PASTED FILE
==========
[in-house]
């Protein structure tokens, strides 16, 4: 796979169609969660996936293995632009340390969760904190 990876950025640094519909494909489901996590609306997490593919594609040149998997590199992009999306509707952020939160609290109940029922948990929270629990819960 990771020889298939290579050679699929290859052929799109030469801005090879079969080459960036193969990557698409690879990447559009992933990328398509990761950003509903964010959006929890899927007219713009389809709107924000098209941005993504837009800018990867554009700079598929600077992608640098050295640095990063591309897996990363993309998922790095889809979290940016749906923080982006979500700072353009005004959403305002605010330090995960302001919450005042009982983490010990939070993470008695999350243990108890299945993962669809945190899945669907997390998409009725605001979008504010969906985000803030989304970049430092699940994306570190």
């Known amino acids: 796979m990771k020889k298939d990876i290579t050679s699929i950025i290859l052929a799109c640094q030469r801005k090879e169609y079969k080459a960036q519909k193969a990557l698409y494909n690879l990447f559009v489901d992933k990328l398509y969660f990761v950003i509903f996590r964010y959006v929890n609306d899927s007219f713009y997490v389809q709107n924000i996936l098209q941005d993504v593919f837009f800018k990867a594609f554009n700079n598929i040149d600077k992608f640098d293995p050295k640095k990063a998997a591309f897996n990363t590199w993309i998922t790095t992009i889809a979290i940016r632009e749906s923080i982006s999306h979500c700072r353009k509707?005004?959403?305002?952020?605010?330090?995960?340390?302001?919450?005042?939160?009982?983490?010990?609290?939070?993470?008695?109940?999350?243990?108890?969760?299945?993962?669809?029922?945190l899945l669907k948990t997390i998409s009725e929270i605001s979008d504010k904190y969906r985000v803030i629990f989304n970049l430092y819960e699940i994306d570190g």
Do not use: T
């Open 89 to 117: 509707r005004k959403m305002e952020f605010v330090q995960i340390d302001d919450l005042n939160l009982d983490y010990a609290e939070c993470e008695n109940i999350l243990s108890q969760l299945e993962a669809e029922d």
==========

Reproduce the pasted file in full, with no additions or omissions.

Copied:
[in-house]
């Protein structure tokens, strides 16, 4: 796979169609969660996936293995632009340390969760904190 990876950025640094519909494909489901996590609306997490593919594609040149998997590199992009999306509707952020939160609290109940029922948990929270629990819960 990771020889298939290579050679699929290859052929799109030469801005090879079969080459960036193969990557698409690879990447559009992933990328398509990761950003509903964010959006929890899927007219713009389809709107924000098209941005993504837009800018990867554009700079598929600077992608640098050295640095990063591309897996990363993309998922790095889809979290940016749906923080982006979500700072353009005004959403305002605010330090995960302001919450005042009982983490010990939070993470008695999350243990108890299945993962669809945190899945669907997390998409009725605001979008504010969906985000803030989304970049430092699940994306570190």
């Known amino acids: 796979m990771k020889k298939d990876i290579t050679s699929i950025i290859l052929a799109c640094q030469r801005k090879e169609y079969k080459a960036q519909k193969a990557l698409y494909n690879l990447f559009v489901d992933k990328l398509y969660f990761v950003i509903f996590r964010y959006v929890n609306d899927s007219f713009y997490v389809q709107n924000i996936l098209q941005d993504v593919f837009f800018k990867a594609f554009n700079n598929i040149d600077k992608f640098d293995p050295k640095k990063a998997a591309f897996n990363t590199w993309i998922t790095t992009i889809a979290i940016r632009e749906s923080i982006s999306h979500c700072r353009k509707?005004?959403?305002?952020?605010?330090?995960?340390?302001?919450?005042?939160?009982?983490?010990?609290?939070?993470?008695?109940?999350?243990?108890?969760?299945?993962?669809?029922?945190l899945l669907k948990t997390i998409s009725e929270i605001s979008d504010k904190y969906r985000v803030i629990f989304n970049l430092y819960e699940i994306d570190g």
Do not use: T
């Open 89 to 117: 509707r005004k959403m305002e952020f605010v330090q995960i340390d302001d919450l005042n939160l009982d983490y010990a609290e939070c993470e008695n109940i999350l243990s108890q969760l299945e993962a669809e029922d």